I thought the following quote from James Allen to be particularly appropriate in the context of artistic achievement:
The greatest achievement was at first and for a time a dream. The oak sleeps in the acorn; the bird waits in the egg; and in the highest vision of the soul a waking angel stirs.
……. James Allen
Important considerations in the achievement of true art.
Some background information on Allen:
James Allen is a literary mystery man. His inspirational writings have influenced millions for good. Yet today he remains almost unknown.
None of his nineteen books give a clue to his life other than to mention his place of residence – Ilfracombe, England. His name cannot be found in a major reference work. Not even the Library of Congress or the British Museum has much to say about him.
Who was this man who believed in the power of thought to bring fame, fortune and happiness? Or did he, as Henry David Thoreau says, hear a different drummer?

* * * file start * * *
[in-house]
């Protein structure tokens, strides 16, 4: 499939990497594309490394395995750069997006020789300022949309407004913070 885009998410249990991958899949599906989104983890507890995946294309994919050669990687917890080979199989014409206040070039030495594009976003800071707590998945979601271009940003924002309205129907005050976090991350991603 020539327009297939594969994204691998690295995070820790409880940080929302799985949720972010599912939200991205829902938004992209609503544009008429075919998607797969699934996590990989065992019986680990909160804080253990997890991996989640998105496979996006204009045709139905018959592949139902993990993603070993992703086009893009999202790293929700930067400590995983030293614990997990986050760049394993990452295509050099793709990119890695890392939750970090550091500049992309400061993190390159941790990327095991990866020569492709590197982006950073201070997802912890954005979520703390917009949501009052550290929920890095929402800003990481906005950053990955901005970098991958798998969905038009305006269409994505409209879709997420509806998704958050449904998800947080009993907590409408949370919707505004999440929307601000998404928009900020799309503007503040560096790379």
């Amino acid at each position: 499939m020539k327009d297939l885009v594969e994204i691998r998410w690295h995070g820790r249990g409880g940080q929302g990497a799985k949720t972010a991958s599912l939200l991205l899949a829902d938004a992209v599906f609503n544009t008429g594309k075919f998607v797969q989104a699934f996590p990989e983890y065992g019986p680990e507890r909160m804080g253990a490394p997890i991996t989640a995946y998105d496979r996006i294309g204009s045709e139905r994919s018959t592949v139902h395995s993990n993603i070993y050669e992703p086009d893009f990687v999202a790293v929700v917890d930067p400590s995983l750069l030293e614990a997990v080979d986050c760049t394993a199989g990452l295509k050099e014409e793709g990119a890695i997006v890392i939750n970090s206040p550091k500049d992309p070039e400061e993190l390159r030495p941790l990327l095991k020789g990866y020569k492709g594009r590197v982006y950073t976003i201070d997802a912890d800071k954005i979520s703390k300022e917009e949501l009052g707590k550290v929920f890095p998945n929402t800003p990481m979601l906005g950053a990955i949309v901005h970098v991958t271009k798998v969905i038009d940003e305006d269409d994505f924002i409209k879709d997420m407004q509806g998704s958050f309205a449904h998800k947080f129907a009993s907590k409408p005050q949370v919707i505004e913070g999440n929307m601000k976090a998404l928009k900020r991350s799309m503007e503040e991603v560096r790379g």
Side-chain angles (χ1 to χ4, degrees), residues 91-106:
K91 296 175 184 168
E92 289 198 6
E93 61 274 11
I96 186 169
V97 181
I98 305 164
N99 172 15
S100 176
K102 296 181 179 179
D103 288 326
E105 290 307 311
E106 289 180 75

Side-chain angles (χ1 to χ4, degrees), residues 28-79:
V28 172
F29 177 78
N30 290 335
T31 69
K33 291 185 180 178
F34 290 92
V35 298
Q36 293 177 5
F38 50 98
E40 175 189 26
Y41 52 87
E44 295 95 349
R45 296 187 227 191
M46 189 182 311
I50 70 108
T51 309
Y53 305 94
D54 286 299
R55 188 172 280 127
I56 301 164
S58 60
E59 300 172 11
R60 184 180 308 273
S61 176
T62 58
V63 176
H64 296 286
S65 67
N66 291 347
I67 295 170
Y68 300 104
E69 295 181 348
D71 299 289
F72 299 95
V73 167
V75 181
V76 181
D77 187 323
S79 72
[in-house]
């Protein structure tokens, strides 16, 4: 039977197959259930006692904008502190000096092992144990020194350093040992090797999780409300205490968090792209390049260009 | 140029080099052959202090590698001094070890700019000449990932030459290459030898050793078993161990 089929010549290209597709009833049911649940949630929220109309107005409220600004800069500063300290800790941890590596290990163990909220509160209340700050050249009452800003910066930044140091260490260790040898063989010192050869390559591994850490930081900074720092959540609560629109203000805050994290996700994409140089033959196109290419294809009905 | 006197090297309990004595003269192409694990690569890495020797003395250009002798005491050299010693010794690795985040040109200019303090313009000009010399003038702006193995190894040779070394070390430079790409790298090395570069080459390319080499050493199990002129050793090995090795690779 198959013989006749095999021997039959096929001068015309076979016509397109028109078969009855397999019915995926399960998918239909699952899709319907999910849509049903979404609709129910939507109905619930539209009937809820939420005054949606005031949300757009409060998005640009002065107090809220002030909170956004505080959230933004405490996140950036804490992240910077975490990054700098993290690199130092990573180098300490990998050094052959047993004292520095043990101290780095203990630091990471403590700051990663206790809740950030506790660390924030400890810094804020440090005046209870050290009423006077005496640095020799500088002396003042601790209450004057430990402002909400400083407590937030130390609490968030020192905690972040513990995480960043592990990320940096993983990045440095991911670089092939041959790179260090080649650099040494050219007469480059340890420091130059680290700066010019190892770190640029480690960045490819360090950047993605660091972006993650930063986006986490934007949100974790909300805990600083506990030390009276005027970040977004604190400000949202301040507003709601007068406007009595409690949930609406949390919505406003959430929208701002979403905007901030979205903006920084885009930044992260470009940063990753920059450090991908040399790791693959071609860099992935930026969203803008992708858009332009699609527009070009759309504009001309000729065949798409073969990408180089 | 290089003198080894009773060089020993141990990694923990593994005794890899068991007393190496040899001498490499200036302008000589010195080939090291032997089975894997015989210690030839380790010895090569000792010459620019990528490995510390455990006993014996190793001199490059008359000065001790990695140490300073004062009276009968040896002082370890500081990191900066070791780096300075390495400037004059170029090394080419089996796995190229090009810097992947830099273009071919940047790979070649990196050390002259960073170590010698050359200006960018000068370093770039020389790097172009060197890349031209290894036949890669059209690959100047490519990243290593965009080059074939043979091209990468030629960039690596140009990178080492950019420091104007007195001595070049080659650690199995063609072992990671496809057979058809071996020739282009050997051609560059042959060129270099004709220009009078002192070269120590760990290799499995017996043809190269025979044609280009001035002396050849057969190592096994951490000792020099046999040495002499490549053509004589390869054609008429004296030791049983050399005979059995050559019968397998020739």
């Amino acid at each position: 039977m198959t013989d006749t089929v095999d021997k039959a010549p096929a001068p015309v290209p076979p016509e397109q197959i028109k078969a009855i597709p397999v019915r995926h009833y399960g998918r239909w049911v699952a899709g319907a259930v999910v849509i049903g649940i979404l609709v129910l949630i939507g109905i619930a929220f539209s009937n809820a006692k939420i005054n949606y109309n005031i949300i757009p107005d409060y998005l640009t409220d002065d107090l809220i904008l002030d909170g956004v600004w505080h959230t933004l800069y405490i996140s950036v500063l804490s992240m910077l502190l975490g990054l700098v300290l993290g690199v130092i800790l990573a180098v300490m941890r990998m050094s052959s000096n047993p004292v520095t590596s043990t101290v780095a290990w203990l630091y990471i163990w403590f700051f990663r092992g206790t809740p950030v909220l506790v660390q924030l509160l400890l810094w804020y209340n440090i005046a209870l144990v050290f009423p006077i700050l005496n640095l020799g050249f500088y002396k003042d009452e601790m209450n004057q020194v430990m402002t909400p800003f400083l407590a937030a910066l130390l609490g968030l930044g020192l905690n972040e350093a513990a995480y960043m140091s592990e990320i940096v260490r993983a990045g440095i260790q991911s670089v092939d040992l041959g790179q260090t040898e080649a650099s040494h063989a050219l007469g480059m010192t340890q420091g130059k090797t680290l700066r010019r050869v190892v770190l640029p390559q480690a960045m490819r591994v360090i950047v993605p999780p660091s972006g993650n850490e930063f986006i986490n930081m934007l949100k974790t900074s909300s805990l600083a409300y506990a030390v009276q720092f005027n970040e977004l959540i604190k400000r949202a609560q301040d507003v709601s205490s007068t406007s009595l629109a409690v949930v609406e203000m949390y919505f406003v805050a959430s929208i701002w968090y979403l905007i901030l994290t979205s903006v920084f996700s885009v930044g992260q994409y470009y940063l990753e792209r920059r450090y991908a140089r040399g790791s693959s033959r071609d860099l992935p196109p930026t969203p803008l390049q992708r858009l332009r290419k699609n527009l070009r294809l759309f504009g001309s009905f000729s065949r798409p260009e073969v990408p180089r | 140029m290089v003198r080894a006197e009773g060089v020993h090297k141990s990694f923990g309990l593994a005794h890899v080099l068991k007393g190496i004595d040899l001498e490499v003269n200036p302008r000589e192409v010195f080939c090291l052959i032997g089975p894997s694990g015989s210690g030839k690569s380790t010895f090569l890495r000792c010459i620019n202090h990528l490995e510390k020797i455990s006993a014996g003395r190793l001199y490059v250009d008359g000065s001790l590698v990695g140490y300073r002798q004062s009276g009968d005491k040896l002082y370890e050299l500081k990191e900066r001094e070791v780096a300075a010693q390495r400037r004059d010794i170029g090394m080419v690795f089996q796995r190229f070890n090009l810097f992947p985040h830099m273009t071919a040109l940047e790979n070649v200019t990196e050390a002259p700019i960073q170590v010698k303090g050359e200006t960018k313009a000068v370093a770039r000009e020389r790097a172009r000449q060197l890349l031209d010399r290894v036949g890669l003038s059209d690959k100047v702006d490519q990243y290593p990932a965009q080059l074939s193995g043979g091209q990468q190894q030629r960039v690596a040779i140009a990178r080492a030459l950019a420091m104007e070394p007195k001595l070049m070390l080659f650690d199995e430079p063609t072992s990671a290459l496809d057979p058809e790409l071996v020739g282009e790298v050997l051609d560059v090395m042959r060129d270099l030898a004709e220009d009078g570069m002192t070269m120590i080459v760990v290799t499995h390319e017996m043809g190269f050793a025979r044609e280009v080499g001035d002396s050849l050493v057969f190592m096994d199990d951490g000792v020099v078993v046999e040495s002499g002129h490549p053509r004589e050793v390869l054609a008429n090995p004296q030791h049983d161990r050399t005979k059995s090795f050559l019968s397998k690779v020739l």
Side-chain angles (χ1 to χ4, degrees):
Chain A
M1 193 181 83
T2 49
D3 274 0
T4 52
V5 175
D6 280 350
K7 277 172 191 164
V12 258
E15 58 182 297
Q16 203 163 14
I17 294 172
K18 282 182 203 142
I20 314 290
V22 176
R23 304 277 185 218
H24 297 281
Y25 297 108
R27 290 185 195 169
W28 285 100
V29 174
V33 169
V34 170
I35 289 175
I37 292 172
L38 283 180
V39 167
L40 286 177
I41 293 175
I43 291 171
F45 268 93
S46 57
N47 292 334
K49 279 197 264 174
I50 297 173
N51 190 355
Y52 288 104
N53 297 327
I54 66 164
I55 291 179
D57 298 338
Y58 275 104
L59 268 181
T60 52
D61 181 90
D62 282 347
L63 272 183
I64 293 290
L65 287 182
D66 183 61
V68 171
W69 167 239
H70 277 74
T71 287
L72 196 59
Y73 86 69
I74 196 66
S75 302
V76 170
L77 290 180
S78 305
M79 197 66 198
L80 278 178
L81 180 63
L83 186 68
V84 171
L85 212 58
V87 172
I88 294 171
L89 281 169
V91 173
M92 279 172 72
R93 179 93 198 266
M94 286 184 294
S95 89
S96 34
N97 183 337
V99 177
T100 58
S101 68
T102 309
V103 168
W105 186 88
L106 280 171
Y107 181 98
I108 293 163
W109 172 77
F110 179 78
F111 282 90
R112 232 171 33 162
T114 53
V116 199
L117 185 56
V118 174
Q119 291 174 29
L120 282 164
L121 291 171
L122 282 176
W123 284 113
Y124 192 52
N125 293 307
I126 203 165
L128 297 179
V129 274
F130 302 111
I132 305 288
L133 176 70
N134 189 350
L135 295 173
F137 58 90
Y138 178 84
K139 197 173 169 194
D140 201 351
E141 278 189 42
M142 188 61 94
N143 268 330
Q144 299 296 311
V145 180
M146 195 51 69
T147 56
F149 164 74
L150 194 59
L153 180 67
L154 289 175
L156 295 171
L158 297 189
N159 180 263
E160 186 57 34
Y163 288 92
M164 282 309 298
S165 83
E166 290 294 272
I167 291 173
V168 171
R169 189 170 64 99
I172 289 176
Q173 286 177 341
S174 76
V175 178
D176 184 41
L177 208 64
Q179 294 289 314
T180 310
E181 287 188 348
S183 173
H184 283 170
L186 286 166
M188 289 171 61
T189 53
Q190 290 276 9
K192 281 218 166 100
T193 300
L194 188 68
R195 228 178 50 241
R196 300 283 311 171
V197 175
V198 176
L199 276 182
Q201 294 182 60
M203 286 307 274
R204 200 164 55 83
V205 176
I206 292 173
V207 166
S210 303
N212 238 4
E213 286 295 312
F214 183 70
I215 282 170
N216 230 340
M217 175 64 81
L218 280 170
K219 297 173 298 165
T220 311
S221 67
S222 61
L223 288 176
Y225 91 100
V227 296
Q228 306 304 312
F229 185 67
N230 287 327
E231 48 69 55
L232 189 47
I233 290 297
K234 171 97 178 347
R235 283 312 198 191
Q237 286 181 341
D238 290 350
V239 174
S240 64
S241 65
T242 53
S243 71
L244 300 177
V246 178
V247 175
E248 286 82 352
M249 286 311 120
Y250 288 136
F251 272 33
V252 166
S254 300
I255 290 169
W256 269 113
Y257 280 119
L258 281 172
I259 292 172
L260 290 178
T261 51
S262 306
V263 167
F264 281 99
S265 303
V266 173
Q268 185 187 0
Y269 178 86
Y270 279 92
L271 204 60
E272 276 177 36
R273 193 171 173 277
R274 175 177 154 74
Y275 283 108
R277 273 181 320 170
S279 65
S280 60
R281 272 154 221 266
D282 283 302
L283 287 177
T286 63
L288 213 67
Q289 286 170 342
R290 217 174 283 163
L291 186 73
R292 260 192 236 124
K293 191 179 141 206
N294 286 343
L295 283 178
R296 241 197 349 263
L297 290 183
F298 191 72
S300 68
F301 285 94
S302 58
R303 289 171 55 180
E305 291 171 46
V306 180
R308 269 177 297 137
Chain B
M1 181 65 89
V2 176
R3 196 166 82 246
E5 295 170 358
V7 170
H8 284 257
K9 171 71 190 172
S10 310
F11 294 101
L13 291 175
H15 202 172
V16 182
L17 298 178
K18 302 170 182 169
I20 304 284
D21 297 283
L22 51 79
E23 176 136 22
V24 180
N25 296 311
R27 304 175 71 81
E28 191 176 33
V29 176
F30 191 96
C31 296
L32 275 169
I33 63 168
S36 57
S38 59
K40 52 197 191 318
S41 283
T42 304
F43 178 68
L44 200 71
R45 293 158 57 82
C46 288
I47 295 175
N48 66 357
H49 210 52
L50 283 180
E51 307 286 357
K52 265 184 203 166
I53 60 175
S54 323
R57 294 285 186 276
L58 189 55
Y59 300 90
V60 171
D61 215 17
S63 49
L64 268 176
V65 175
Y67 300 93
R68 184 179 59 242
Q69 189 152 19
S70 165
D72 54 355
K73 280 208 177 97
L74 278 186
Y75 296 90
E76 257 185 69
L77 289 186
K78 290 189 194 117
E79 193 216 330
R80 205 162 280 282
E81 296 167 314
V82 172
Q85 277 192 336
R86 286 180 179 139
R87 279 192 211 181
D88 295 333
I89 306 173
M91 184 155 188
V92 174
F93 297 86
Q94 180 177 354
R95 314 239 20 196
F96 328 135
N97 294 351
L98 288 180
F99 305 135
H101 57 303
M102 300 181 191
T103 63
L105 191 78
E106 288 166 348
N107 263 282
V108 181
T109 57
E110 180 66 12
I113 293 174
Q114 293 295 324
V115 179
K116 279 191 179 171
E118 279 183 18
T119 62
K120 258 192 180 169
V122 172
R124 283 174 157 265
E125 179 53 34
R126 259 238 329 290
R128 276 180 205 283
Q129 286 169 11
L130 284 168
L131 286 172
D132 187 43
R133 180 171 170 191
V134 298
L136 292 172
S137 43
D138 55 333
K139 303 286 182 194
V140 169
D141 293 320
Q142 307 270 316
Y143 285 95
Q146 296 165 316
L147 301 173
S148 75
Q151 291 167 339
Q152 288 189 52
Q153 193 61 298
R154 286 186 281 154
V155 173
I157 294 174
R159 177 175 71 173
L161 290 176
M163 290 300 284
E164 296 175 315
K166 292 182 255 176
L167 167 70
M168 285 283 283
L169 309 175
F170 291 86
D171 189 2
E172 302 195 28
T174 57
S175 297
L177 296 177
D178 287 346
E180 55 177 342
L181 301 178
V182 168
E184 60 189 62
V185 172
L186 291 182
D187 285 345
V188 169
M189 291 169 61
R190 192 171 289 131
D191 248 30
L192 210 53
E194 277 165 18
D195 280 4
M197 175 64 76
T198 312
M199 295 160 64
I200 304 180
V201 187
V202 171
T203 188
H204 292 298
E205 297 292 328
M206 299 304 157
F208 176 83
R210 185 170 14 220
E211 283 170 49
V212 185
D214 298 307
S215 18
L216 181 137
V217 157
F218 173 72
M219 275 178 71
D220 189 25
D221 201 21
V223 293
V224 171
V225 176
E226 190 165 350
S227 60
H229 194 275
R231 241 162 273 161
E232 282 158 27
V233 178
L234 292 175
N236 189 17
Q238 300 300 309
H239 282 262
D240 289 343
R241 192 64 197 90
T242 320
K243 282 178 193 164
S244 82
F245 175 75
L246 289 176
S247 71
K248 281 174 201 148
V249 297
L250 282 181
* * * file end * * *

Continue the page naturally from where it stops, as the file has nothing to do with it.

James Allen never gained fame or fortune. That much is true. His was a quiet, unrewarded genius. He seldom made enough money from his writings to cover expenses.
Allen was born in Leicester, Central England, November 28, 1864. The family business failed within a few years, and in 1879 his father left for America in an effort to recoup his losses. The elder Allen had hoped to settle in the United States, but was robbed and murdered before he could send for his family.
The financial crisis that resulted forced James to leave school at fifteen. He eventually became a private secretary, a position that would be called administrative assistant today. He worked in this capacity for several British manufacturers until 1902, when he decided to devote all his time to writing.
Unfortunately, Allen’s literary career was short, lasting only nine years, until his death in 1912. During that period he wrote nineteen books, a rich outpouring of ideas that have lived on to inspire later generations.
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